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Grant Selection and Performance

October 5, 2018

PRESENT: Deborah Johnson, Ed Barrett, Laurel Bernier, Maryalice Crofton 

EMDC. The Northern Maine AmeriCorps Collaborative operated by Eastern Maine Development Corp. has not had a satisfactory performance in its first grant year (2017-2018). The grant start was delayed from October 1 to March 1 while the agency worked out replacement of funds lost for local share. Because of the timeframe for MCCS to secure 2018-2019 funds, the program had to apply for year two funding before it had any operational track record. The Commission authorized a second year of funding with the condition that staff resources for the program increase from one person to at least two. 

Since then, there has been significant turnover in staff at both the agency and the program. Laurel’s site monitoring visit revealed serious compliance issues that will result in several thousand dollars disallowance. On Sept. 6 there was a conference call with more senior leadership who acknowledged the program operation was not meeting their agency’s own internal standards. They are discussing with the new CEO and a board member whether to continue with AmeriCorps at this time. 

The GTF members, after hearing the compliance findings, concluded the agency is not able to operate a program at this time. They recommend the Commission cancel the second year of funding and close out the program. The funds committed to EMDC would become part of the off-cycle AmeriCorps Formula competition to run over the next two months. Members felt the organization should be considered for future funding if its staff and operations stabilize. 

Brunswick School Dept. This new grantee was authorized under the Maine Rural State AmeriCorps program with a start date of August 15. They are requesting a delay of one year in their start. In addition to difficult recruiting for the AmeriCorps positions, the school district is experiencing a staff shortage and having problems finding candidates for professional positions.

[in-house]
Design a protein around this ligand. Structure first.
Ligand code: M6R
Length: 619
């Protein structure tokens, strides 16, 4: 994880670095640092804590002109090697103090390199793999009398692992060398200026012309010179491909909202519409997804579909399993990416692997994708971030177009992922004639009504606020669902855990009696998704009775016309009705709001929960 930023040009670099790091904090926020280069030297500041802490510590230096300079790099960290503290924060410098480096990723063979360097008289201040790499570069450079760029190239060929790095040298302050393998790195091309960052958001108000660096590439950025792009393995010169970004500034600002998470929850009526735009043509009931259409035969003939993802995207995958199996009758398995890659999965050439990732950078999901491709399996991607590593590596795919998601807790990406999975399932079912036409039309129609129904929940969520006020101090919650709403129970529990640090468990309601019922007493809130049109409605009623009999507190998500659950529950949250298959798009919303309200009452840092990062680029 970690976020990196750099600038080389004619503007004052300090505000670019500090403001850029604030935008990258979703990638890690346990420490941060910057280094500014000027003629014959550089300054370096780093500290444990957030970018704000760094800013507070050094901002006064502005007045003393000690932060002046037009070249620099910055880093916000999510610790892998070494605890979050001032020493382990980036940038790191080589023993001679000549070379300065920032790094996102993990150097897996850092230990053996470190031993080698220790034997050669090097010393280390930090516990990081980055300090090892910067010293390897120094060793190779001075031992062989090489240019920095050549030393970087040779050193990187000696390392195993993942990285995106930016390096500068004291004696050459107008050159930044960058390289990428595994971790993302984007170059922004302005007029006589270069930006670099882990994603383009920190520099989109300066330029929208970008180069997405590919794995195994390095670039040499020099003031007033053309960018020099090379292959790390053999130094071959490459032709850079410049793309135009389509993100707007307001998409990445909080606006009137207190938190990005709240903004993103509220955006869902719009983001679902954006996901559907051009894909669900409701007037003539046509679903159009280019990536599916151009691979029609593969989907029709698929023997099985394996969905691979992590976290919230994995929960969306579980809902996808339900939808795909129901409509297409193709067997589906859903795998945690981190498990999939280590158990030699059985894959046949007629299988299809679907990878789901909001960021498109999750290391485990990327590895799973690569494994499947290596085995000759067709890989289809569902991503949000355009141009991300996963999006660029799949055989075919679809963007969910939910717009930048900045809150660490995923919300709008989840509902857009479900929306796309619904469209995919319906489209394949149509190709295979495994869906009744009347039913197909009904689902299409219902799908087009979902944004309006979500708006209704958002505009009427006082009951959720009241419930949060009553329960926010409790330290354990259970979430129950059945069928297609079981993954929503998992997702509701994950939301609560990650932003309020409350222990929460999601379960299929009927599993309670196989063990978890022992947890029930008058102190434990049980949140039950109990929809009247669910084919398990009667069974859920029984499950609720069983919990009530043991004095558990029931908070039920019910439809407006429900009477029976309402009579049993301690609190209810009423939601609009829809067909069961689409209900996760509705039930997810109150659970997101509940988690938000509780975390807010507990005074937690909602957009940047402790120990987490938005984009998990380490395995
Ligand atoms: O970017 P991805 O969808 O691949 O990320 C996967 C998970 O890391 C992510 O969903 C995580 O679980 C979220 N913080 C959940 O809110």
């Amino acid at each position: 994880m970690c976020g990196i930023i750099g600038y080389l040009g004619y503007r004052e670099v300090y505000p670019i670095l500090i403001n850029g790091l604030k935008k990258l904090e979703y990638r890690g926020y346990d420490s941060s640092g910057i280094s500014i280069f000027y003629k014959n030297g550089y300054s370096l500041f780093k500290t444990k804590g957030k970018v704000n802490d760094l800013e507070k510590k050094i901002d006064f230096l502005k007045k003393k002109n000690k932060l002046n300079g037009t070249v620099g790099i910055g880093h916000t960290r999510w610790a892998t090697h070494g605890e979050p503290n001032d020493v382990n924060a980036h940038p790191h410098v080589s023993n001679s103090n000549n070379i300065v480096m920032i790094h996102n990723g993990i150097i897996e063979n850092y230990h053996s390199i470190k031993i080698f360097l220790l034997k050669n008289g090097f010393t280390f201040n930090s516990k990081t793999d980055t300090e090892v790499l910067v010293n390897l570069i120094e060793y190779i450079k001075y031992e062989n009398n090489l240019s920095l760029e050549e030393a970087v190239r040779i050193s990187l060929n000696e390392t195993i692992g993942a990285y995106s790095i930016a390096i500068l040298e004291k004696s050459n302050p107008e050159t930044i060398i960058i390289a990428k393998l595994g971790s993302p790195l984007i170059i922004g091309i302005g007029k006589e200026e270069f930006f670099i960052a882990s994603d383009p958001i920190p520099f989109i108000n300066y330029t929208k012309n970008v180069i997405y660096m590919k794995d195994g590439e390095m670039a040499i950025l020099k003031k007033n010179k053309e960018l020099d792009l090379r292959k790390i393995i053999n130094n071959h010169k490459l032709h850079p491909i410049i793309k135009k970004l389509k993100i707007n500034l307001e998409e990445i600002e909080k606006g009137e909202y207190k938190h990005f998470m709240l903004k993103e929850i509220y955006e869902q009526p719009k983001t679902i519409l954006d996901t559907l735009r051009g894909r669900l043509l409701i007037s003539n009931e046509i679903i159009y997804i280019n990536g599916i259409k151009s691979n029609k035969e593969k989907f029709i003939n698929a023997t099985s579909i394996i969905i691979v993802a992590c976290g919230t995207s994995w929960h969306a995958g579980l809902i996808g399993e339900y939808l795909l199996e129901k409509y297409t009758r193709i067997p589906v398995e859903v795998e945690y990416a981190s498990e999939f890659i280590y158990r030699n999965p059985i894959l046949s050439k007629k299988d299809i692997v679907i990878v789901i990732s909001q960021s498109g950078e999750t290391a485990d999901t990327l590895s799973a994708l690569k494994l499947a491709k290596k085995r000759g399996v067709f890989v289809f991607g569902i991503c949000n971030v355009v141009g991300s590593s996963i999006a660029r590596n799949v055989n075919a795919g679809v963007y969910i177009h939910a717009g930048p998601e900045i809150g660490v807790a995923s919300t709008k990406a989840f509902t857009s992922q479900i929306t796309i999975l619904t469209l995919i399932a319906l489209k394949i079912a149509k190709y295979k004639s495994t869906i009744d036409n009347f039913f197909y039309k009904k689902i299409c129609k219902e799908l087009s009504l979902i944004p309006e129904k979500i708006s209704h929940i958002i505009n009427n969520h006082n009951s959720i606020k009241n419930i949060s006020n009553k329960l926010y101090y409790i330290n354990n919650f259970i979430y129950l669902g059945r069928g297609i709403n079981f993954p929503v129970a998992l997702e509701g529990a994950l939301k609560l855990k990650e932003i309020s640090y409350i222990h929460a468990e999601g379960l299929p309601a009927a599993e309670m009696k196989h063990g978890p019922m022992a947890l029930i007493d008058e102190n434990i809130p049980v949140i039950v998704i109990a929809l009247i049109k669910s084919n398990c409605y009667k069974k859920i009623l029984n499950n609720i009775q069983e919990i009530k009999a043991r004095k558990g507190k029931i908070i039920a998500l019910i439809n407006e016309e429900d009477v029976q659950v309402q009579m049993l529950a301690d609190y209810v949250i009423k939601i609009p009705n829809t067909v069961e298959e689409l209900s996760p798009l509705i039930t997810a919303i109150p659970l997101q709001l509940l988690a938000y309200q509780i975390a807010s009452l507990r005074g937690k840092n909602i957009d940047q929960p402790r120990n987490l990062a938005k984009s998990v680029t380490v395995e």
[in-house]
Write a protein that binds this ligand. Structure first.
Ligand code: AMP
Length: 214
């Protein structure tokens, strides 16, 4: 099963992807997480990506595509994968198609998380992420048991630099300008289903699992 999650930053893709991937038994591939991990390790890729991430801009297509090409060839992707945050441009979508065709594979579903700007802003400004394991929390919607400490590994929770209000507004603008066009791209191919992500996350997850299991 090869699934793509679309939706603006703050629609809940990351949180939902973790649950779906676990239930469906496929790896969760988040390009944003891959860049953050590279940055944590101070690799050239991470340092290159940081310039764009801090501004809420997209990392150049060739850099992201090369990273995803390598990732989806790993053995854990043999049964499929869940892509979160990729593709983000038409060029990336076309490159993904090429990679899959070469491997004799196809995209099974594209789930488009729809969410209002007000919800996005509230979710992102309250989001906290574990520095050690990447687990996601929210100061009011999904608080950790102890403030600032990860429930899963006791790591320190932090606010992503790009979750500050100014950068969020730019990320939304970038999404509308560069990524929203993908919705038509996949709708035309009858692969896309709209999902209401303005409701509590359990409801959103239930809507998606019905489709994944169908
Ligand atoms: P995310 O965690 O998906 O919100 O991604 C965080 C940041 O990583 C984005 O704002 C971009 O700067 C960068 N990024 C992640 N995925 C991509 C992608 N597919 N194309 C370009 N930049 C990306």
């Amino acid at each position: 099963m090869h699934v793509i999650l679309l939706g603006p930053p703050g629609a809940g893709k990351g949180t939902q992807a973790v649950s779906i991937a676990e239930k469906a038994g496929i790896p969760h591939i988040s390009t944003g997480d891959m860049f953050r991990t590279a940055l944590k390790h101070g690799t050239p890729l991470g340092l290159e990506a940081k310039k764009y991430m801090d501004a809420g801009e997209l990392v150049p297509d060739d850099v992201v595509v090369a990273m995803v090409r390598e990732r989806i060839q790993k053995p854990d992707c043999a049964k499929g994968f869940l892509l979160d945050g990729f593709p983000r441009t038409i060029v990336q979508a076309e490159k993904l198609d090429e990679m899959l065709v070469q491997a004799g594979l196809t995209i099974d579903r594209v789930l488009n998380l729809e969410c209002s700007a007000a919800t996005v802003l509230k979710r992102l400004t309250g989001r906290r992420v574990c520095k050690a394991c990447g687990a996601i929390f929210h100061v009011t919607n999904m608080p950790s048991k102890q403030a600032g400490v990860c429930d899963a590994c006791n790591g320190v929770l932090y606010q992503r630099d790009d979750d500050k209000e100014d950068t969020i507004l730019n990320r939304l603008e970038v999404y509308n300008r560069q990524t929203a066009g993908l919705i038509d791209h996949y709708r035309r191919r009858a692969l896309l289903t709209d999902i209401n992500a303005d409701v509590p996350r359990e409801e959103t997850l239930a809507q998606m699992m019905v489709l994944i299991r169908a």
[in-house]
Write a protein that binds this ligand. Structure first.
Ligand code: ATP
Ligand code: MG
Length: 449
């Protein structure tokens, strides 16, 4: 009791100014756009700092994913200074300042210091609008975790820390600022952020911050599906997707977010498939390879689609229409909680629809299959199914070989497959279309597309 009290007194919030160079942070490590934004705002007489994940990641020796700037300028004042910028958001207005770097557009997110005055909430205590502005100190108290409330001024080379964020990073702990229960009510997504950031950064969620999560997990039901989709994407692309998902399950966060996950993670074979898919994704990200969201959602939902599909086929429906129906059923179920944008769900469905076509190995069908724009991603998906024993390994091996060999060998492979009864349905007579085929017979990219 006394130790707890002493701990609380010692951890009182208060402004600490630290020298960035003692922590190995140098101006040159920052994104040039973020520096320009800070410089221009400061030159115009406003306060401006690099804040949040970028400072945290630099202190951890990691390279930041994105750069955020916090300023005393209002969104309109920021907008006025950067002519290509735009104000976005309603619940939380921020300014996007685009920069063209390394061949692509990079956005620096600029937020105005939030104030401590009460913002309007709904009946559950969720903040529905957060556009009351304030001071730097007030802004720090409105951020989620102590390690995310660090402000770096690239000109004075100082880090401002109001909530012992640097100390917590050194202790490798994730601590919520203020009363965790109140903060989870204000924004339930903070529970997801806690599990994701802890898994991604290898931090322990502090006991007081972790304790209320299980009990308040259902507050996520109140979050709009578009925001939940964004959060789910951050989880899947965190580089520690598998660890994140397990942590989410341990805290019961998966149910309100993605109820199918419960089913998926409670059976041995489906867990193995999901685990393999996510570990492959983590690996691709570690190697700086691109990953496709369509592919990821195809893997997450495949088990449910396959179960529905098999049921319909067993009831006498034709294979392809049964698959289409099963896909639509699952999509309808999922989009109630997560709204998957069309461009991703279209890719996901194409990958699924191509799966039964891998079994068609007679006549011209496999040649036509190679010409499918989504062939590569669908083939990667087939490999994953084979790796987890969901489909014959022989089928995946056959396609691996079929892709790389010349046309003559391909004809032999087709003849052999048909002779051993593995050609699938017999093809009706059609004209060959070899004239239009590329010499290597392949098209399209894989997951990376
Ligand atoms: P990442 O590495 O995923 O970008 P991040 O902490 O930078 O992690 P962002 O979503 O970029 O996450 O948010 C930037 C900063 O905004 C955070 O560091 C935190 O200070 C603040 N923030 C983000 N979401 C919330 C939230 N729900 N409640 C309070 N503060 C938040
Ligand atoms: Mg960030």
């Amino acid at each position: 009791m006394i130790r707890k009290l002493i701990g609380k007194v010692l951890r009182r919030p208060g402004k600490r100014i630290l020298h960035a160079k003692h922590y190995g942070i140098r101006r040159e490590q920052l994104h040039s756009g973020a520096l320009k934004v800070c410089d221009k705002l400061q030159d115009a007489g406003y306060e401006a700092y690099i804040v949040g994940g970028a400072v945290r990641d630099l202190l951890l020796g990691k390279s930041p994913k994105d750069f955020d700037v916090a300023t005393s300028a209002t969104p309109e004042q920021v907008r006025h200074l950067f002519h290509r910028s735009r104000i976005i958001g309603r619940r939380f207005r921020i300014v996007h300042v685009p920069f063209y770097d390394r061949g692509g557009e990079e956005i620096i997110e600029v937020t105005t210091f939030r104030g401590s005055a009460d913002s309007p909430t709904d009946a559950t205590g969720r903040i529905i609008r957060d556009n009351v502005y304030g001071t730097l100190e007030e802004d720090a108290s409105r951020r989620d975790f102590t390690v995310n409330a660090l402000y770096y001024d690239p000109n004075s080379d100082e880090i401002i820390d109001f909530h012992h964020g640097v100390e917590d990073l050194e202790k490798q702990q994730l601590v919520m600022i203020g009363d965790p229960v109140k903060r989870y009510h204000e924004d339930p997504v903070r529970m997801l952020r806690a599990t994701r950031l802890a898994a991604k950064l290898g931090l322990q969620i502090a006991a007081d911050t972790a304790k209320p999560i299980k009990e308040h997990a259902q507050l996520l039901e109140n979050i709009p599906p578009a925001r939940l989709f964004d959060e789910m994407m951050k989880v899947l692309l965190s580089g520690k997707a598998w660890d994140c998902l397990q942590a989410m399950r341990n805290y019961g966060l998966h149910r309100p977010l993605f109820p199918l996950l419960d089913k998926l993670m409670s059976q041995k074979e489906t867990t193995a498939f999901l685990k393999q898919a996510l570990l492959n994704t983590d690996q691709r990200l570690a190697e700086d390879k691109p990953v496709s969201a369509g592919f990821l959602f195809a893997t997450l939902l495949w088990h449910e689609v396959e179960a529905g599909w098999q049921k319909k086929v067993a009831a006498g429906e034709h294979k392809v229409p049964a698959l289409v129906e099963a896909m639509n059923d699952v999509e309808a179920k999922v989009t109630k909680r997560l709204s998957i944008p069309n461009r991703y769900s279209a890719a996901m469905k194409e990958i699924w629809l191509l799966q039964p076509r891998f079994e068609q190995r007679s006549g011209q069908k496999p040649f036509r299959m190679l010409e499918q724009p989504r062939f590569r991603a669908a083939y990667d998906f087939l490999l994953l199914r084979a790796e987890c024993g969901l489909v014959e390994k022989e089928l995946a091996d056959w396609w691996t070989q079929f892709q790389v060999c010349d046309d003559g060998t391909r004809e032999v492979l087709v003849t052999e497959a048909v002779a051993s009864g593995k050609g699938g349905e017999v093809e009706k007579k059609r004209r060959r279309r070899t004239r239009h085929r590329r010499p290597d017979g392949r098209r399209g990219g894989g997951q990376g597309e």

The Commission staff recommended the operating grant ($73,798) be converted to a planning grant ($20,000) which would let the district commit personnel resources to getting all policies and procedures in place as well as doing recruitment for an operating start of 8/15/19. This also would prevent any appearance of displacement. 

GTF members discussed the staff recommendation and decided to propose it to the full Commission. 

With the changes in grant awards, there is about $250,000 to re-compete. Because it is 2018-2019 money, the programs will need to start by March 1, 2019 and complete the first “year” by December 31, 2019. This is all AmeriCorps Formula funding over which the Commission has final say in terms of awards. The Commission is expected to run an AmeriCorps Competitive process this fall as well. That is the grant competition in which the Commission reviews and selects proposals to forward to a national competition where CNCS selects the winners. 

GTF members and staff discussed three things. There was agreement that the Maine Rural State and standard AmeriCorps Formula competitions should open as soon as possible in order to reallocate funds now under Commission control. 

Only one current grantee, LearningWorks, would be eligible to compete in the national process. There are no other potential applicants for this competition based on the fact it takes a year of working with staff to ready an application. GTF members agreed that LearningWorks could apply to the formula competition if the organization wants to do so. The circumstances of how they became a grantee were unusual and they did not have that initial opportunity to develop operations under the formula funding option. 

If LearningWorks signals they want to enter the national competition, the Commission will issue the third call for proposals. If they signal they want to submit under the formula competition, the Commission will not open a call for new proposals under the national process.

Laurel briefly discussed the annual risk assessments. All the new grantees are automatically considered high risk because they have no experience with the AmeriCorps grants. Although Maine Campus Compact is past their first year, monitoring and performance scores keep them in the “high risk” category. LearningWorks scores as “medium risk.”

The risk assessments relate to the level of technical assistance, reporting by the grantee, and both process and sample size performed during monitoring. As programs become more proficient at AmeriCorps operation, it expected their risk category will drop.

Laurel announced that she has decided to take a job in the private sector and will leave the Commission on October 18. Everyone thanked her for the work she’s done this year.